You’ve created your buyer personas, decided on content pillars, and planned your calendar of social media posts. But how do you make use of social media scheduling to share your content with the world?

Sure, you can share each post in your social media calendar manually. For some posts this makes sense. 

But often there’s a better way. We recommend saving time and working smarter by scheduling some–not all–of your posts ahead of time. Here’s what you need to know about social media scheduling tools, and how to strike a balance that works for you.

Pros and Cons of Social Media Scheduling

There is no one-size-fits-all approach to social media scheduling. If your budget for social media is large and you have a dedicated social team, it might make sense to post manually most of the time. This gives you the flexibility to make last minute changes and reserve space for reposting trending topics of the day.

If you’re a one-person team and social media is a small part of your job, schedule away!

Regardless of the size of your team, if you’re collaborating with an influencer who is scheduling their posts, you might want to balance these with more spontaneous content.

But these are just rough guidelines, not the whole story. Let’s take a look at some of the pros and cons of scheduling your posts.

Pros

  1. Time Management: Social Media Managers are busy. Scheduling posts ahead of time can help you make the most of the work you’ve already put in, while freeing up time for other tasks. This is especially true for managers who wear multiple hats. If you need to carve out time for other work, scheduling can free up your mental space as well.
  2. Posting at the Right Time: Maybe you’ve noticed your followers engage most with posts on Thursday afternoons, but you have regular meetings during that time and posting manually is a challenge. Or maybe you’re preparing a post for an audience in a different time zone, who are most active when you’re asleep. Whatever the reason, scheduling can give you better control over timing.
  3. More Relevant Live Posting: If you pre-schedule posts of evergreen content, you can create more time to engage on social media in real time. Depending on your industry, this might look like sharing breaking news, live-streaming an event, or joining a trending discussion.

Cons

  1. Robotic Voice: Remember that the power of social media lies in connecting people. Your customers want to feel like a real person is behind your social media, not a machine. Scheduling too many of your posts can create so much consistency that your posts feel lifeless. When you get stuck in a rut, you can lose the spontaneity and variability that give color to your content.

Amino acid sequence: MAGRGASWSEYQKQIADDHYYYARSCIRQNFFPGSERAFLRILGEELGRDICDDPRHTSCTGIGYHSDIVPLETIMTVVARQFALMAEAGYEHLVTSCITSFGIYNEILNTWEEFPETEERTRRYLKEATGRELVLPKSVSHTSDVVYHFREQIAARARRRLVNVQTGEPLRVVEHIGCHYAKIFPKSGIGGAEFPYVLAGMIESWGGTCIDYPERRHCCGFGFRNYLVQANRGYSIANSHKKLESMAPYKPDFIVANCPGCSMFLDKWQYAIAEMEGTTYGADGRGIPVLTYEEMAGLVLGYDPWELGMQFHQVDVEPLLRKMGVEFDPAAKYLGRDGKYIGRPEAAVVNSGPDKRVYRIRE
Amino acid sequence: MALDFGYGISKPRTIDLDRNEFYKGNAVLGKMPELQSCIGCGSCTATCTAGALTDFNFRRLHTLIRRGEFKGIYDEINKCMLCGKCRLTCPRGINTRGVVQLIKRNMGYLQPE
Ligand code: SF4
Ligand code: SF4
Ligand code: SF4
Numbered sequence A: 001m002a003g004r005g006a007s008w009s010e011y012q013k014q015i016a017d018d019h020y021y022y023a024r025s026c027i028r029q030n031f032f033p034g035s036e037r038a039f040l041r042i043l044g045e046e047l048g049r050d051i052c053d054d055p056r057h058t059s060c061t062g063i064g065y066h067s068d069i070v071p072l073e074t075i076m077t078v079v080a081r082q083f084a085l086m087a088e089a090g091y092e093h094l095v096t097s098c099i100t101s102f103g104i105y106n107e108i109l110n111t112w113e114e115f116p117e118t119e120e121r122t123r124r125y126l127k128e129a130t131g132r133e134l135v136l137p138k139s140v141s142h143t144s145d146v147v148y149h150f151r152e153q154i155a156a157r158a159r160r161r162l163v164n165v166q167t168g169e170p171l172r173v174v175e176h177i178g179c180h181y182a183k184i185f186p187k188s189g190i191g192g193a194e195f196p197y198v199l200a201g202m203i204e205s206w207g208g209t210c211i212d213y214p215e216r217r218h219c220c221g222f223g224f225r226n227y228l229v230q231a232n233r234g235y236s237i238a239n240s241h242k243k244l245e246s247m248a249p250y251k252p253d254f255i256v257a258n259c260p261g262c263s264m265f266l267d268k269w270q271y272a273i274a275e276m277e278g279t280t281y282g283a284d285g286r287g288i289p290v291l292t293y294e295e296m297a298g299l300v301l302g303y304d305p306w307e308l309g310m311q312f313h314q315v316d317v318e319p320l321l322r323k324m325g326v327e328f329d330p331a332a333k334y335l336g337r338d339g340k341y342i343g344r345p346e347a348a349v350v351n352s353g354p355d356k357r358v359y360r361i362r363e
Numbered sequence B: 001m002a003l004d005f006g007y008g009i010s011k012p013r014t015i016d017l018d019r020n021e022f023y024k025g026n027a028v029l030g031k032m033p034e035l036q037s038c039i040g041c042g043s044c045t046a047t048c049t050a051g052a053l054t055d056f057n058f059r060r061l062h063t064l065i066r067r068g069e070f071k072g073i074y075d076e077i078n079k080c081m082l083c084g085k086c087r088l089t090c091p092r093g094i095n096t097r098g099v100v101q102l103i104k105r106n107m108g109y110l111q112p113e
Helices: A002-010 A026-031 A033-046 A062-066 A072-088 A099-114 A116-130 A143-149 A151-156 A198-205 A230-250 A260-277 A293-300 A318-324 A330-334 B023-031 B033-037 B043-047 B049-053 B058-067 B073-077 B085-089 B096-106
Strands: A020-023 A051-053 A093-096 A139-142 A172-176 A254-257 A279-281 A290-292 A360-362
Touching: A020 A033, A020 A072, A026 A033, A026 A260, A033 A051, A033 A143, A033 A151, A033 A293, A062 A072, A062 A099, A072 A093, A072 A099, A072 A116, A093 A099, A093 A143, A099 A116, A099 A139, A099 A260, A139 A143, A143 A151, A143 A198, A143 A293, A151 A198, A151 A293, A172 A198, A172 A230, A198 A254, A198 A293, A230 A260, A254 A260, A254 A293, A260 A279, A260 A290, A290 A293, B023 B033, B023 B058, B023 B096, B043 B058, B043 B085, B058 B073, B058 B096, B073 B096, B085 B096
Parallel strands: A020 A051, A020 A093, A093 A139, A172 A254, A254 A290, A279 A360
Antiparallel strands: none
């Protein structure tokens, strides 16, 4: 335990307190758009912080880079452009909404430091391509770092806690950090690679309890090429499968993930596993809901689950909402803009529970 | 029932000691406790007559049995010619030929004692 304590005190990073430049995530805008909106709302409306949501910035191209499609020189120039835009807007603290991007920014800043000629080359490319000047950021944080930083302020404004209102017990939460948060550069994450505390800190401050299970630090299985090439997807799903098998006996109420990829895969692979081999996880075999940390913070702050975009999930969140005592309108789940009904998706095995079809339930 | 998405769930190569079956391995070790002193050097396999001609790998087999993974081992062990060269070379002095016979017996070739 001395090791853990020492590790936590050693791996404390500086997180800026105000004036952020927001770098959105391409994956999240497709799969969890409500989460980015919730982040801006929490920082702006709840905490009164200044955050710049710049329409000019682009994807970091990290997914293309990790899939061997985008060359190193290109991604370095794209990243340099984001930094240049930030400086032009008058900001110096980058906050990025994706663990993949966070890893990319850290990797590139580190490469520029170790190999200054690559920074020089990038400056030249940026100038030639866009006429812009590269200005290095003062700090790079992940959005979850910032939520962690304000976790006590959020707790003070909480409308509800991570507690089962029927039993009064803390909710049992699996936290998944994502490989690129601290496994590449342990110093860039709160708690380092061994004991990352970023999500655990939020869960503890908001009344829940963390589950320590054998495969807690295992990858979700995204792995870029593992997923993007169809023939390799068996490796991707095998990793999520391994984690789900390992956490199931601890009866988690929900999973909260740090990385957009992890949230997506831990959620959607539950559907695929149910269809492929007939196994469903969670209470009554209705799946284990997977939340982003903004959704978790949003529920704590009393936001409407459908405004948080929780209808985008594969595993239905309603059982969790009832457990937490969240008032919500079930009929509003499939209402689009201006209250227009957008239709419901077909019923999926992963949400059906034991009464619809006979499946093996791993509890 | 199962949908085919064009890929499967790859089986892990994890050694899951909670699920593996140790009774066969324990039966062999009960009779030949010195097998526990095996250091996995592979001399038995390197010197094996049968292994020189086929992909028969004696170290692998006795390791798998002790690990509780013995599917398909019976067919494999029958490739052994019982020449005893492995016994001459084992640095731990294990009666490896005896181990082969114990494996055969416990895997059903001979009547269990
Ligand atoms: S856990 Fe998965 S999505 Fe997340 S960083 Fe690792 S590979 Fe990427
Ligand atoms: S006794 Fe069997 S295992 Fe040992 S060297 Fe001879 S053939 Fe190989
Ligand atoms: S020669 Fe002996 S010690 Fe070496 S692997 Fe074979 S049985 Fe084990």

2. Outdated Information and Errors: The world is always changing, and sometimes changes that happen between scheduling and posting make a difference. We’ve all seen posts from brands that come out after a major news event and suddenly seem insensitive. And sometimes the start time for an event changes, or a speaker drops out.Similarly, your social content will contain errors from time to time. Maybe there’s a typo you didn’t catch or a problem with the way Facebook generates your link. Scheduling makes it more likely that errors will stay live longer before you can fix them.
  3. Temptation to Overpost: With social media, more is not always better. Remember that you’re trying to connect with your buyer personas, not with as many people as possible. Take a look at your buyer personas and consider the scope of your business, as well as the time you can dedicate to social media. You don’t have to be present on every social media platform, and you don’t want to overwhelm your audience with too many posts.

How to Choose Which Scheduling Tool to Use

So you’ve decided to schedule some of your posts, but how do you choose which scheduling tool to use? 

Let’s start with the in-app options. Some social platforms offer an option to schedule directly in the app. If you have a limited budget and a presence on only a small number of platforms, we recommend starting here. If your business is on Facebook and Instagram, for example, you can schedule posts for both in the Meta Business Suite. Schedule a few posts to see how it works for you, and monitor the results to make sure you’re meeting your goals.

If you have a larger budget and social media is a significant part of your marketing strategy, a third-party app will likely serve you better. Scheduling tools like HootSuite and Sprout Social offer a streamlined interface for managing content on social platforms. Importantly, they also offer analytics tools to help you make sure you’re meeting your KPIs and getting the ROI you want.

Many third-party scheduling tools offer a free version and an upgraded version for those who pay. If you pay, you can expect fewer limitations on things like the number of posts, and greater access to tools for analytics and reporting.

Finally, if you work at a larger company that uses a CRM such as HubSpot or Zoho, you may have the option for social media scheduling in the CRM. This is a great way to cut back on the number of apps you use and work more efficiently. Keep in mind, some CRM’s offer social tools only at the highest subscription level, so check your account to make sure scheduling is available for you.

Remember there are no hard and fast rules for scheduling social media posts. Consider your goals, the size of your team, and the tools available to you. Then test, evaluate, and adjust as needed.


Do you need help with your social media strategy? GoViral Digital has more than ten years’ experience in inbound marketing. Request a proposal to take your business to the next level.